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Non-profit helps corporations identify potentially violent employees

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The murders of a TV crew are bringing new attention to a non-profit association that is helping businesses identify employees who may become violent. 

The unthinkable happened last week as photographer Adam Ward and reporter Alison Parker were murdered on live TV - their killer, a disgruntled former employee who used to work with them. Former FBI profiler Dr. Mary Ellen O'Toole says the gunman, Vester Flanagan, meets the definition of what she calls a dangerous "injustice collector." 

"They are a perpetual victim. An injustice collector will accept no responsibility for any of the problems they have in their life, they blame other people, but even more importantly than that, if you sat down with a real genuine injustice collector and said look you're simply not taking any responsibility in any of your life situations, they wouldn't get it, it would not sink through to them that they could at any level be at fault, even a little bit," O'Toole said.  

O'Toole is also a member of a non-profit association that is now helping corporations and universities deal with employees like Flanagan.

"You could be kicking the problem outside the door and just exacerbating what is already a dangerous employee," O'Toole said.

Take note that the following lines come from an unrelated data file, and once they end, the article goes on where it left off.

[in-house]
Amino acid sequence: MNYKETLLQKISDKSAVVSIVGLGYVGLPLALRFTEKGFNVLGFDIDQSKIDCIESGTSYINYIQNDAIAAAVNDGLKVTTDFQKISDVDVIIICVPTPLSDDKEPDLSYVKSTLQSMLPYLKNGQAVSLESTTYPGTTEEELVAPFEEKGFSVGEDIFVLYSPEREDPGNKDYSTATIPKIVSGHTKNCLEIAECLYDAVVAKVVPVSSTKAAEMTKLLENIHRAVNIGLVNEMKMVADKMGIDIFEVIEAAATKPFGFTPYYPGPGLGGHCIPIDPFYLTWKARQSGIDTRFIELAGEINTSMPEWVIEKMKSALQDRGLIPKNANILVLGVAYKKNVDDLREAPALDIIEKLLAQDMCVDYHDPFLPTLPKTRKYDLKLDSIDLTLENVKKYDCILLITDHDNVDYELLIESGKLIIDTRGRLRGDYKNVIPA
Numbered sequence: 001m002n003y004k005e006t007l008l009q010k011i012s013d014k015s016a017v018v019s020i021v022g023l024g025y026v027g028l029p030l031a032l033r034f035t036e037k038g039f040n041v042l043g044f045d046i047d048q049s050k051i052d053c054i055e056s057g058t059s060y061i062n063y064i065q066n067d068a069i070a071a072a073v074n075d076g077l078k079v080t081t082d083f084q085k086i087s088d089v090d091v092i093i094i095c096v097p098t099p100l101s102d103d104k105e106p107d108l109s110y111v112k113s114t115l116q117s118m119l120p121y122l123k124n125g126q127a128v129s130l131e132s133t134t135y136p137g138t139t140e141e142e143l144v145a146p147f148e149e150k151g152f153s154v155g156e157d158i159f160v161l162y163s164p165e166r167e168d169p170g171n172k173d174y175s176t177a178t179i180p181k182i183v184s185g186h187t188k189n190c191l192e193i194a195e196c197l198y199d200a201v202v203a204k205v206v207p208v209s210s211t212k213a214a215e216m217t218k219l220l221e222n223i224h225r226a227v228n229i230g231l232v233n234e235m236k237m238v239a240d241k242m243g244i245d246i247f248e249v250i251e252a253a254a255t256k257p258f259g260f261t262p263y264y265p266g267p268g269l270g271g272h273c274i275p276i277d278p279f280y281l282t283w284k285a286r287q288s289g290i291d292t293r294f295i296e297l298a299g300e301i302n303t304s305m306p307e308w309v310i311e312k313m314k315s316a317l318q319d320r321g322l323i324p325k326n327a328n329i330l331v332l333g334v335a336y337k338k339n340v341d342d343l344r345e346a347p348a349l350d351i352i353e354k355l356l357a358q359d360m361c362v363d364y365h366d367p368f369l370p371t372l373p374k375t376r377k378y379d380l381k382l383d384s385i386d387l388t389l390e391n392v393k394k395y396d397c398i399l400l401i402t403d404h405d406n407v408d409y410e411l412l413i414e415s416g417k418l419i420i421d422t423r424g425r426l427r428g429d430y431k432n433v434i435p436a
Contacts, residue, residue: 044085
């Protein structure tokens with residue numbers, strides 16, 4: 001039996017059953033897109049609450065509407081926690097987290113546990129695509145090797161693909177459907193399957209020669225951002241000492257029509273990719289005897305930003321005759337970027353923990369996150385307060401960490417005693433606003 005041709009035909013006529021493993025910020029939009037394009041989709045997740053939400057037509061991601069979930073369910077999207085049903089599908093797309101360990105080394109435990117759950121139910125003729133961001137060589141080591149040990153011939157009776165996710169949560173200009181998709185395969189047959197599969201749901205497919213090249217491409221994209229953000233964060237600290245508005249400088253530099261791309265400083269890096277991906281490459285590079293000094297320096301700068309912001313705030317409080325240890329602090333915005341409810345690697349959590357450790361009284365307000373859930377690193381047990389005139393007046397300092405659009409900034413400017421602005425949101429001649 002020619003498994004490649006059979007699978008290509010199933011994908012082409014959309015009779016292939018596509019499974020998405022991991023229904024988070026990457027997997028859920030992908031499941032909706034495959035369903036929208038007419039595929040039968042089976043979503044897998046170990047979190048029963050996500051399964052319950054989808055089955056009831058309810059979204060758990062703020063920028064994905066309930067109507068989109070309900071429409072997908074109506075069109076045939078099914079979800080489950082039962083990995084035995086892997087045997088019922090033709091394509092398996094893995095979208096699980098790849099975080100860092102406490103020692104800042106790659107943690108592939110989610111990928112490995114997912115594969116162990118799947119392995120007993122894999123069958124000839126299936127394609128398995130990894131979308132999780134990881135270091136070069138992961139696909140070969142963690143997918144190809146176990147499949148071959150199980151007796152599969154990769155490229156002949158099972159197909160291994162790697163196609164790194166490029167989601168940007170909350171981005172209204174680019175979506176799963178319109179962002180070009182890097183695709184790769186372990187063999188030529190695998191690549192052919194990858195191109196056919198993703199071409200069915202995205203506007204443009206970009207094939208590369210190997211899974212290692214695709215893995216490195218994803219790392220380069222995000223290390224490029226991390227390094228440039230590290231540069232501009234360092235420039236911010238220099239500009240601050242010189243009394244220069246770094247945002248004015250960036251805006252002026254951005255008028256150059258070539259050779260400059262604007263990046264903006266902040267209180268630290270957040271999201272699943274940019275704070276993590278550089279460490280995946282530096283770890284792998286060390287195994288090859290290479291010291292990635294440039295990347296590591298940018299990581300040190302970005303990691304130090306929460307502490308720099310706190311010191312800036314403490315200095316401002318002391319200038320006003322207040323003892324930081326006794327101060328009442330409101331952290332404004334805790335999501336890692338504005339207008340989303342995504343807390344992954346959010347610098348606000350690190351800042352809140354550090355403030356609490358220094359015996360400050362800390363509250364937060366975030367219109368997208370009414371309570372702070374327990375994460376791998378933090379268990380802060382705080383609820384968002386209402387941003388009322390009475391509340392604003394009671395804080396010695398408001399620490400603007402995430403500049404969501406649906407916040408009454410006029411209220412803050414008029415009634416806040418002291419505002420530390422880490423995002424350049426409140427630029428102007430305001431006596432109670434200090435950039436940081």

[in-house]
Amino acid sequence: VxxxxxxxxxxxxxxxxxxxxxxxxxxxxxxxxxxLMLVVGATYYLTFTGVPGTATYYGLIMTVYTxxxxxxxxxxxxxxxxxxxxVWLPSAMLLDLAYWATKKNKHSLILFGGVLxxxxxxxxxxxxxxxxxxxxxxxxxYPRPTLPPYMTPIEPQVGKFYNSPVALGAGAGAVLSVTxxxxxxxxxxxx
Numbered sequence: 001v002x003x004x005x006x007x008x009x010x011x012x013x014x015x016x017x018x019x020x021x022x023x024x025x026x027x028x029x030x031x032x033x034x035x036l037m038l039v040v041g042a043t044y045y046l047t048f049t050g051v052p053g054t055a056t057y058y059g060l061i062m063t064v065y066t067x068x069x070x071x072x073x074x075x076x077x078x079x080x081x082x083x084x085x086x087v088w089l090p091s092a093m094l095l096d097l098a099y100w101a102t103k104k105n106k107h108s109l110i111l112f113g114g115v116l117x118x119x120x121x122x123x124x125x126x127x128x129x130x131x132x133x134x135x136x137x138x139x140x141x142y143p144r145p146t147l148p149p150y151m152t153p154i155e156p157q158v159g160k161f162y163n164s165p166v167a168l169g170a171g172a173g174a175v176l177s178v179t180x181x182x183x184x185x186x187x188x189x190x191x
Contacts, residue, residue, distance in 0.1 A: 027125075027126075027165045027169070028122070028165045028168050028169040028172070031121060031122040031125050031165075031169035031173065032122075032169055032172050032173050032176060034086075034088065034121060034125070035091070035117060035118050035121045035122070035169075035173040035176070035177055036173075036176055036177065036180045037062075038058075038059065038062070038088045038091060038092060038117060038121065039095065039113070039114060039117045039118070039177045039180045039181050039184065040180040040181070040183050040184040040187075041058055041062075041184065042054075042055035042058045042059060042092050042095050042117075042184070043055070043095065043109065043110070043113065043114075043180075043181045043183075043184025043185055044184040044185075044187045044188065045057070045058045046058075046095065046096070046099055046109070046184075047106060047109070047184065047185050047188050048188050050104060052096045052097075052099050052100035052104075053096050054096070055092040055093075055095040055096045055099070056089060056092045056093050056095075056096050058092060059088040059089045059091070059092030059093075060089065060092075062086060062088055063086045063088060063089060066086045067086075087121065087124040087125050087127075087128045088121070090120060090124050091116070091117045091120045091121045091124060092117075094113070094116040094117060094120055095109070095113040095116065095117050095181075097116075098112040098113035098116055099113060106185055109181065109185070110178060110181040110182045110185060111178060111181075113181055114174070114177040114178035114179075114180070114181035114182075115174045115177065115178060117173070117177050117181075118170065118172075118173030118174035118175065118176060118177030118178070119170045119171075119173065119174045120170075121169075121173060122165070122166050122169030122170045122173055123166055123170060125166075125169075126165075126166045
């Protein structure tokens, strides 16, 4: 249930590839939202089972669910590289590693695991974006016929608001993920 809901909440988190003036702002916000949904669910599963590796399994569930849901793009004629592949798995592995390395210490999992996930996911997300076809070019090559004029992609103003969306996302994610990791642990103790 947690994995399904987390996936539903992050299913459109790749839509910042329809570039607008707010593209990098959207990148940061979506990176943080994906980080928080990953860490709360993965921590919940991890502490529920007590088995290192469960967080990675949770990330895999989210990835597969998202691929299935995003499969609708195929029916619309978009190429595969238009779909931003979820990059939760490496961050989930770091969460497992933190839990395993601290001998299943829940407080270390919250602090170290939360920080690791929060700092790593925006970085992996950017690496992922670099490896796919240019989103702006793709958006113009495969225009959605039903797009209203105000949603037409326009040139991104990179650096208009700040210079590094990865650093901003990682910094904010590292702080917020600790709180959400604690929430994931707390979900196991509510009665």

That's where the Association of Threat Assessment Professionals comes in. The president of that non-profit group, Chuck Tobin, says the association can be a good resource for businesses who want to prevent workplace violence. Some are even hiring security, mental health and human resources professionals to evaluate or monitor employees they're concerned about before and after they get fired. 

"When we approach the potential termination of that individual, understanding how to release them in a way that doesn't have them target the corporation is an important strategy, and then beyond that termination time there may be trigger points in their life that may take them to what we call the pathway towards violence," Tobin said. "A lot of it is about understanding their environment, what makes them tick, and how we can make sure that they are less likely to target, I guess, the organization or anyone else."  

O'Toole says co-workers should remember if you see something say something, and if you spot characteristics of an injustice collector you should report it. 

"When people see that type of behavior at work, they want to make sure that they're concerns are made known to the human resources department or to their management," O'Toole says.

Tobin says the biggest problem they're seeing is employees don't know who to talk to when they're faced with a problematic, or potentially violent worker, and they also don't know what to say in that scenario or what to look out for. Tobin adds that a substantial number of businesses want to hire professionals to help evaluate or monitor workers in response to an incident. Tobin says they would rather see those businesses call them before an incident or firing takes place as a proactive precaution, not as a reactive one. It's something he says is more effective in preventing workplace violence.

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